Older Sister Advice: Friendships
By: Anika In’T Hout
Let’s face it, friendships are an important part of growing up. Friends are great to have around: you can do fun things together, you can chat about stuff you both like, they can help you feel like you belong, and they can help you navigate the awkwardness of middle school and high school. But sometimes, friendships aren’t always easy. So here are a few tips for dealing with all kinds of situations you might experience when it comes to friends.
Situation #1: If you’re having trouble making new friends...
It is totally okay. Whether you’re starting at a new school or are just not connecting with your classmates, making new friends can be hard sometimes. This happens to more people than you would think.
What do we suggest? If you’re not connecting with anyone, try branching out and joining something you enjoy. From a sports team or school play at school to a club or organization outside of school, getting involved in something you actually love is a great way to meet people who have the same interests as you.
Another thing you can try when trying to make friends is sharing negative experiences. Even if it seems odd, it has been shown that opening up about negative personal experiences with people makes it easier to bond and become friends faster. So skip the small talk and happy talks, and get closer with people by sharing tough things going on in your lives.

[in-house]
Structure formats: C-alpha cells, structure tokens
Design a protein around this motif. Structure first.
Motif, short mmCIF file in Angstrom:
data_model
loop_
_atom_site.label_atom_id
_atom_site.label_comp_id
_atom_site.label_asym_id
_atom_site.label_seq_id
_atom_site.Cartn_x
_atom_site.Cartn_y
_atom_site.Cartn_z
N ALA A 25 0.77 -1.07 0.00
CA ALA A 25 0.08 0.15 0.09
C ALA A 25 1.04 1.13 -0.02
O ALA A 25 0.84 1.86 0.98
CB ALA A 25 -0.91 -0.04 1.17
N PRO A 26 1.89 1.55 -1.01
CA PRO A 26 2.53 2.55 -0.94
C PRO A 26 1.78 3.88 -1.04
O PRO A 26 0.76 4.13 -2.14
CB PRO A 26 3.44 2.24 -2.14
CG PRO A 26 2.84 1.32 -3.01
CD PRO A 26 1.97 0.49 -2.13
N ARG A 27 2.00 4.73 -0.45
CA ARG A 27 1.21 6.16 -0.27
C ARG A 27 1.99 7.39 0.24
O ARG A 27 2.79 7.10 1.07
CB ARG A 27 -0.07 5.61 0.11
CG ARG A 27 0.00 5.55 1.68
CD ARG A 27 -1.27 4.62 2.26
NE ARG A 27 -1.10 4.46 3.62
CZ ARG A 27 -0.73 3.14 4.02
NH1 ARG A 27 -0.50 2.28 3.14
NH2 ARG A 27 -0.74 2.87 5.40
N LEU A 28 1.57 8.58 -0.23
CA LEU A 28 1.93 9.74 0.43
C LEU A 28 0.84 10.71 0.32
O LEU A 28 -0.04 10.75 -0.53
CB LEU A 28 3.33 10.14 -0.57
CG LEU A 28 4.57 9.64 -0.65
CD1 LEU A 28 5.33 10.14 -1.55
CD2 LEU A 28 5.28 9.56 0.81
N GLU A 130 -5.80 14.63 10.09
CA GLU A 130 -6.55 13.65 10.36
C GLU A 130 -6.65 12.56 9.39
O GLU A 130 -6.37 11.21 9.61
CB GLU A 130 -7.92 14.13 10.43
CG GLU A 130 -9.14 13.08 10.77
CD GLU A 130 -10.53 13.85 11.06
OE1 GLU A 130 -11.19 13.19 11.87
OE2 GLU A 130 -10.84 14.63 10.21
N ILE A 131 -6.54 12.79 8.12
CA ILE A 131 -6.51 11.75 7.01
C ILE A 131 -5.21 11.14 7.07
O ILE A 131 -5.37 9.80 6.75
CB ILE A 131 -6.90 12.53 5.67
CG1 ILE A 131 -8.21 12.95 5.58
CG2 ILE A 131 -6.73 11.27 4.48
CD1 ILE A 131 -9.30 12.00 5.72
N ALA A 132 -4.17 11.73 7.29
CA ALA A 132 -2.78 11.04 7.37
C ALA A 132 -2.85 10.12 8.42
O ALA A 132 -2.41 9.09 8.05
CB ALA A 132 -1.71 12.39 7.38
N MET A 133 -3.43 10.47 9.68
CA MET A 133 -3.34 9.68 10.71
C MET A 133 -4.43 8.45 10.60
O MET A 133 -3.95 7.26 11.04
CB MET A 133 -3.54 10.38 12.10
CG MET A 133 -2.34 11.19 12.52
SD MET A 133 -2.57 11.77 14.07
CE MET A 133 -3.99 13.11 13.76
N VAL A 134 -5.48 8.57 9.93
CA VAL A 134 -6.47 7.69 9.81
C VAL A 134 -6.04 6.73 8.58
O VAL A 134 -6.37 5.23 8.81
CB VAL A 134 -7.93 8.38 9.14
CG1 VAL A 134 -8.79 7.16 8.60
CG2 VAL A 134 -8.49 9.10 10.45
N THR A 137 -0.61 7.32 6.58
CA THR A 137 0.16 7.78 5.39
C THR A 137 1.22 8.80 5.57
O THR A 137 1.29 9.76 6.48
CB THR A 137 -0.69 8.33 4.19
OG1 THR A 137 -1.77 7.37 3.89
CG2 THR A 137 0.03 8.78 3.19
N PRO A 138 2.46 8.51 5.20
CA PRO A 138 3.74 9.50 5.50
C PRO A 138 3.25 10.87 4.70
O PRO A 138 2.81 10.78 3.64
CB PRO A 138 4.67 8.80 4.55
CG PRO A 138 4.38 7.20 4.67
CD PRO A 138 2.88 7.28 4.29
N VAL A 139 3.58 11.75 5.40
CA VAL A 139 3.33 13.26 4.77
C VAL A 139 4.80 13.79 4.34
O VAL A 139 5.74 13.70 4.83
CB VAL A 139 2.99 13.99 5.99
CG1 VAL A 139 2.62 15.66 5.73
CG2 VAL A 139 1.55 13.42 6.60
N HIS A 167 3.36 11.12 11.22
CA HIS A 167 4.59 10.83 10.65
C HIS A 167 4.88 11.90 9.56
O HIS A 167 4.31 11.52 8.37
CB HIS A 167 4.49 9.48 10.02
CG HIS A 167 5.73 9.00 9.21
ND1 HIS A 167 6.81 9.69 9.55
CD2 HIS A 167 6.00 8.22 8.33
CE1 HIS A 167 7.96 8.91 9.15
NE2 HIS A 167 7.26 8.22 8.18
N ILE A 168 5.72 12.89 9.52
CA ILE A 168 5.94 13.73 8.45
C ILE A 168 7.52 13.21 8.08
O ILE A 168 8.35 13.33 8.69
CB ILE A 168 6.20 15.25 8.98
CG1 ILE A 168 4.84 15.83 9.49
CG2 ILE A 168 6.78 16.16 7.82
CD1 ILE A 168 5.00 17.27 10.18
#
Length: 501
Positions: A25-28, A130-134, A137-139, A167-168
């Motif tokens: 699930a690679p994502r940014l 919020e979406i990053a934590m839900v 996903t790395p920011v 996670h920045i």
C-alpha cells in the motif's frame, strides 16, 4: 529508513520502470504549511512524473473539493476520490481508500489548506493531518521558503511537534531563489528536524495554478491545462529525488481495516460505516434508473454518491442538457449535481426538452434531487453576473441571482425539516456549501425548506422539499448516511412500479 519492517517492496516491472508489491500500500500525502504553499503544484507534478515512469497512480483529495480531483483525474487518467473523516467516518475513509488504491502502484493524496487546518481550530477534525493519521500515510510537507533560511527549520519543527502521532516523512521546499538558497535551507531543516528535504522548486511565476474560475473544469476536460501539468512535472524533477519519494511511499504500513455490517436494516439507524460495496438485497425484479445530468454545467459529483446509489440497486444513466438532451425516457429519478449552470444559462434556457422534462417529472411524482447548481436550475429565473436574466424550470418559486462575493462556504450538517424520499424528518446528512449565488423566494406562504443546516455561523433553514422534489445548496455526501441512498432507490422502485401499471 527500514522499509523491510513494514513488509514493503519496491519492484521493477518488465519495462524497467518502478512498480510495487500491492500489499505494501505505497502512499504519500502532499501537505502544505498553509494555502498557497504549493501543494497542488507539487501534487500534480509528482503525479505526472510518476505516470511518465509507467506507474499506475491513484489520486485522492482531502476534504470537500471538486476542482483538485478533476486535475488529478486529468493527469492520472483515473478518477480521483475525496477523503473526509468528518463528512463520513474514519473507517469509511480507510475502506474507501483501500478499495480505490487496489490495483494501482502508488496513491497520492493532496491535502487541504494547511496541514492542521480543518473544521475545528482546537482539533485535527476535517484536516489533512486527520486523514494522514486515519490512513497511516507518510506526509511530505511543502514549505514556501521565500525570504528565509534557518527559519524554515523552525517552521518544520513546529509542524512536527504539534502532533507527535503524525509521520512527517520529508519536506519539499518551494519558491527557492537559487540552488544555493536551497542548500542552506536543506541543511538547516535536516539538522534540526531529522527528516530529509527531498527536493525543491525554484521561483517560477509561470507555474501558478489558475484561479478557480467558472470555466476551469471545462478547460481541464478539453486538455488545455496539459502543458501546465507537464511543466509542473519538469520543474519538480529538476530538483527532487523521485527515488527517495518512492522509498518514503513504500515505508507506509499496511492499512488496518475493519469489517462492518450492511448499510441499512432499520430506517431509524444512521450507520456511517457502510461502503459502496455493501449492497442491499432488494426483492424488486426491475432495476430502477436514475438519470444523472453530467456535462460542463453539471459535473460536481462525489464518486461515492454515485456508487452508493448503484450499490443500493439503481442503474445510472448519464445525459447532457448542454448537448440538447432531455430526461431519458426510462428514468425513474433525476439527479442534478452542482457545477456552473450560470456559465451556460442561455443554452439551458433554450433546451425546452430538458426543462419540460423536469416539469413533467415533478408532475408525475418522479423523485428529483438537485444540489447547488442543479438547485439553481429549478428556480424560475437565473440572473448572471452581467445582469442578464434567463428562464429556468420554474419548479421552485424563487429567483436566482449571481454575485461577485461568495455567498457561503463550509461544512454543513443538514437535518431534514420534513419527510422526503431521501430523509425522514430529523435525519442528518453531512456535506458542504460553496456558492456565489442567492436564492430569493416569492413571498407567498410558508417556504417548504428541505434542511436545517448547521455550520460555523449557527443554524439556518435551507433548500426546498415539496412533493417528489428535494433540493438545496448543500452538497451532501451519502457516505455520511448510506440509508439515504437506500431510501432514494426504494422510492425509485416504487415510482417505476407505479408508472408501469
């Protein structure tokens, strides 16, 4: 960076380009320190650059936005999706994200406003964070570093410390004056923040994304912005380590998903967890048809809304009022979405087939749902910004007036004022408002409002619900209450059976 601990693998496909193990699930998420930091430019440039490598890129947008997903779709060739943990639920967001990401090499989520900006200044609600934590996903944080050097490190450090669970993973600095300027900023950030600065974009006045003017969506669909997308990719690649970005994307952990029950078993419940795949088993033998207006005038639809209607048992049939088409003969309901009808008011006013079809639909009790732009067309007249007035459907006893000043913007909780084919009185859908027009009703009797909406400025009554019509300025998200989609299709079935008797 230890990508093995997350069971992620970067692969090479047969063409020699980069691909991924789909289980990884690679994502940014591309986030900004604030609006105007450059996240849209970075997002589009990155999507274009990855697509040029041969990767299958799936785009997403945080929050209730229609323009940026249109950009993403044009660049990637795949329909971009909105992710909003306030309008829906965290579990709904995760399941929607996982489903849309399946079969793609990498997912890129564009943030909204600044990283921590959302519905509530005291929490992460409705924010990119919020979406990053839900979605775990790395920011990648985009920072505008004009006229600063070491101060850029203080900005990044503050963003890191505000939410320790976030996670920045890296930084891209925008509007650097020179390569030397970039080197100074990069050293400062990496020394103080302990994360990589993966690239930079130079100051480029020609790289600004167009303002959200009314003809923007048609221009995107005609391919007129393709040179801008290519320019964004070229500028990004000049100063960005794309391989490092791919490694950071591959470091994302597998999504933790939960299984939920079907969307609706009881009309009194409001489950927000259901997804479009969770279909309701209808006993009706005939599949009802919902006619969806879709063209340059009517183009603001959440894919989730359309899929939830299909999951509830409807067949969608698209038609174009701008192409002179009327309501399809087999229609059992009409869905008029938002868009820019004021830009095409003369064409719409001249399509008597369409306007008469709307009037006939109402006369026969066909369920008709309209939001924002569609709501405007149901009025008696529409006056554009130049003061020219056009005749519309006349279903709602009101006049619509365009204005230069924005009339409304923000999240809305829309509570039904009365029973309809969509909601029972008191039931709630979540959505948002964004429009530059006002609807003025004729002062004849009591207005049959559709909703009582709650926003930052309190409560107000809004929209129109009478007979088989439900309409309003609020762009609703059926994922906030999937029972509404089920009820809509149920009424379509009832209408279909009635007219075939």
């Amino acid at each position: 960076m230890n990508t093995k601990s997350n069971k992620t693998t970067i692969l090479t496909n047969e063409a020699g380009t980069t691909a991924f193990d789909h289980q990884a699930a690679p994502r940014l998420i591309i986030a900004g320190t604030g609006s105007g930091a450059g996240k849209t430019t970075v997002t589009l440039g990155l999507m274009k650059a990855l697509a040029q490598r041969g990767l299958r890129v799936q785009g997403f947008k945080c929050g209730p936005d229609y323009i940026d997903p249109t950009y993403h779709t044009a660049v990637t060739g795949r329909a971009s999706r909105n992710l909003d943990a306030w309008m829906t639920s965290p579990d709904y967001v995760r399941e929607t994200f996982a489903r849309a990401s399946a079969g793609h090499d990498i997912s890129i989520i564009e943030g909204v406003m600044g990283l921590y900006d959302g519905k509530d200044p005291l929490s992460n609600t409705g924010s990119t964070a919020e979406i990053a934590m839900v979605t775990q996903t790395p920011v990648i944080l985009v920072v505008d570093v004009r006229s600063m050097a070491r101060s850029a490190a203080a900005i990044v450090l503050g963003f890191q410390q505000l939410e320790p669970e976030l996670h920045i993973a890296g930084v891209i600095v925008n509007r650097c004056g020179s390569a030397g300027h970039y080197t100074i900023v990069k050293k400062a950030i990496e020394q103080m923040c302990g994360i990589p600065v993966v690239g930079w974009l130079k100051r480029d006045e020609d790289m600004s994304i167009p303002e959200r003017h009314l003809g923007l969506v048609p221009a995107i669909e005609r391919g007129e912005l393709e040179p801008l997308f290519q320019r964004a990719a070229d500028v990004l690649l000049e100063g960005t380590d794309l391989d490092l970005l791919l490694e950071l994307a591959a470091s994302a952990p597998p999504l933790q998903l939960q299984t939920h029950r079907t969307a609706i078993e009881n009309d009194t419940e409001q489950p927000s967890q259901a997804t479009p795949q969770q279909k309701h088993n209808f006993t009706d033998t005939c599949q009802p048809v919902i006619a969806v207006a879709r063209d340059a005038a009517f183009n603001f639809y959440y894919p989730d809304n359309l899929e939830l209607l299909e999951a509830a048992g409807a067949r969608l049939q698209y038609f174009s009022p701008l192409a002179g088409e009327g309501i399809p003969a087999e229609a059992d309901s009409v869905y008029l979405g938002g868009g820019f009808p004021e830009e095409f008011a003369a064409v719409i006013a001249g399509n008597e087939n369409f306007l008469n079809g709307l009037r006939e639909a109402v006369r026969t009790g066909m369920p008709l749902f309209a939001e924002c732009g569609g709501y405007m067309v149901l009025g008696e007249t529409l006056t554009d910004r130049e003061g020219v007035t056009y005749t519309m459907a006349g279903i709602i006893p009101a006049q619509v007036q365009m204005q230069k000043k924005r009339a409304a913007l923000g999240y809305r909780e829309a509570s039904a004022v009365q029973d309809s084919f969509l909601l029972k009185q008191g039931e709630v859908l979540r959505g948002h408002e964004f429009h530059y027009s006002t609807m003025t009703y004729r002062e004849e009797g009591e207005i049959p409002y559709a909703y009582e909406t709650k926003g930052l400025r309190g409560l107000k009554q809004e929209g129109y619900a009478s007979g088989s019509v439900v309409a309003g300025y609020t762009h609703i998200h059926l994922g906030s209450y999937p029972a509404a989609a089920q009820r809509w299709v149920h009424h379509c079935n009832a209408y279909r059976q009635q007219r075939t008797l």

A speedy “hack” to making friends is to talk about “negative” personal experiences with someone you want to be friends with. It can be super small but think back to when you shared something personal with someone. If they reacted empathetically, did it make you feel closer to them? If you always act neutral or happy around friends, it’s harder to break down barriers.
Situation #2: If you and your friend are drifting apart...
This can happen. Even if you have been friends since kindergarten and have matching BFF necklaces, the truth is, sometimes friends can start to drift apart. This can especially happen if you go to different schools, one of you starts dating, or one of you starts hanging out with new friends.
What do we suggest? Plan a friend date! If there’s something you both used to like doing together, send your friend a text, ask them to hang out like old times and see if that makes a difference. You can also try straight-up asking them what is going on between the two of you and seeing if that helps get you two back on track. It’s sad and confusing, but sometimes you and your friend may be going in different directions, and that’s okay.
Situation #3: If you are stuck in a group of three...
Ooof, it’s tough. Whether it’s not having enough room on narrow sidewalks, not getting inside jokes or not being included when you’re forced to partner up in class, being the third wheel is the absolute worst. People often assume being the third wheel is among you, your friend and the person she’s dating, but the truth is, the third wheel can happen with three friends as well. Either way, it’s terrible.